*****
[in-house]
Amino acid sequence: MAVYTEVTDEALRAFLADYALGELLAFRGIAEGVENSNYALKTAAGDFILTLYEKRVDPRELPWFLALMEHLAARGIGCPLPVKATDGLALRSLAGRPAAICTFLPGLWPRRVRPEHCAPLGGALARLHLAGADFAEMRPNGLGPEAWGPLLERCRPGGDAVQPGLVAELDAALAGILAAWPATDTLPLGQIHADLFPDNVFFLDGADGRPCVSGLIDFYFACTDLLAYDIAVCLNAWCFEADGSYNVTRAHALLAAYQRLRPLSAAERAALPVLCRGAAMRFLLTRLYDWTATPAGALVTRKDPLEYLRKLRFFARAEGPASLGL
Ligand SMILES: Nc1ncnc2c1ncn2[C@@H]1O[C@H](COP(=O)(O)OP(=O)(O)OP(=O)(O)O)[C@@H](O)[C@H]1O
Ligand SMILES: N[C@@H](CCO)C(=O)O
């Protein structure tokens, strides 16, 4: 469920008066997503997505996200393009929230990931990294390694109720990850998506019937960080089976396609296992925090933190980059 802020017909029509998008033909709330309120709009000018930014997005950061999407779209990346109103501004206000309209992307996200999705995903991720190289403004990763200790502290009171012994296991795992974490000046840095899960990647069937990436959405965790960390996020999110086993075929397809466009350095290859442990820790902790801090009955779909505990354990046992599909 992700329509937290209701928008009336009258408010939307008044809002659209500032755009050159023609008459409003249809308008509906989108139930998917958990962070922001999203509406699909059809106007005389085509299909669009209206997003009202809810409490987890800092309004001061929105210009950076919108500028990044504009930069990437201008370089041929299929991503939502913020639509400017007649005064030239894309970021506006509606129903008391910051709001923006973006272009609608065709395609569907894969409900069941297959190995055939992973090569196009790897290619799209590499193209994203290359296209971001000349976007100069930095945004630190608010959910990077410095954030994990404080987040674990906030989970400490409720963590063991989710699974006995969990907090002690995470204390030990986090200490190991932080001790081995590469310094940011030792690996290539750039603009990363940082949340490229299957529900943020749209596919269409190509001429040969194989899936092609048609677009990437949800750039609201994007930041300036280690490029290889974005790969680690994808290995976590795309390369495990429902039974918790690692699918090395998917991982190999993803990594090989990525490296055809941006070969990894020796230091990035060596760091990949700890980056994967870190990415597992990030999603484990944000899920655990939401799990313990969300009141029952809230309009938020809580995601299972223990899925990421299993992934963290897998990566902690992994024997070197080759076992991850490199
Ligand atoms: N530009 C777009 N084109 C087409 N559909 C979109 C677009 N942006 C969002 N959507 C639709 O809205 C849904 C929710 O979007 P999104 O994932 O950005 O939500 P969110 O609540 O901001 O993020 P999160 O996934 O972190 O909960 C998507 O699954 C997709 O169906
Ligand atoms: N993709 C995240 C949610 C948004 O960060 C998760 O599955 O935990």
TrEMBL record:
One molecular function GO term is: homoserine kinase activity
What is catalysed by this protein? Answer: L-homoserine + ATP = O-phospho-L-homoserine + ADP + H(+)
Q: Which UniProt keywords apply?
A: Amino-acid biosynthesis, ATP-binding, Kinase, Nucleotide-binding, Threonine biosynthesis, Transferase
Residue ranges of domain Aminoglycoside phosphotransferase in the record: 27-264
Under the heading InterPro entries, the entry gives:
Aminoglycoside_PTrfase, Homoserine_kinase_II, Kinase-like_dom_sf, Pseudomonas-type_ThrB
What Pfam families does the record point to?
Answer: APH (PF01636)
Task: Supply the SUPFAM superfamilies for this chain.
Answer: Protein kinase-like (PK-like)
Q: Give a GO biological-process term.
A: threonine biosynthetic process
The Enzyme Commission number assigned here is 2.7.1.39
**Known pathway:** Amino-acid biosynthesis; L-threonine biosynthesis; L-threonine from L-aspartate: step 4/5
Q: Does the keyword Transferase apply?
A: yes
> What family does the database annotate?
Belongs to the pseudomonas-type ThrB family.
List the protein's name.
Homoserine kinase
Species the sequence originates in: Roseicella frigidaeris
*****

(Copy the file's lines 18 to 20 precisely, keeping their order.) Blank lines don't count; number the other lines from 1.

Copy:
Task: Supply the SUPFAM superfamilies for this chain.
Answer: Protein kinase-like (PK-like)
Q: Give a GO biological-process term.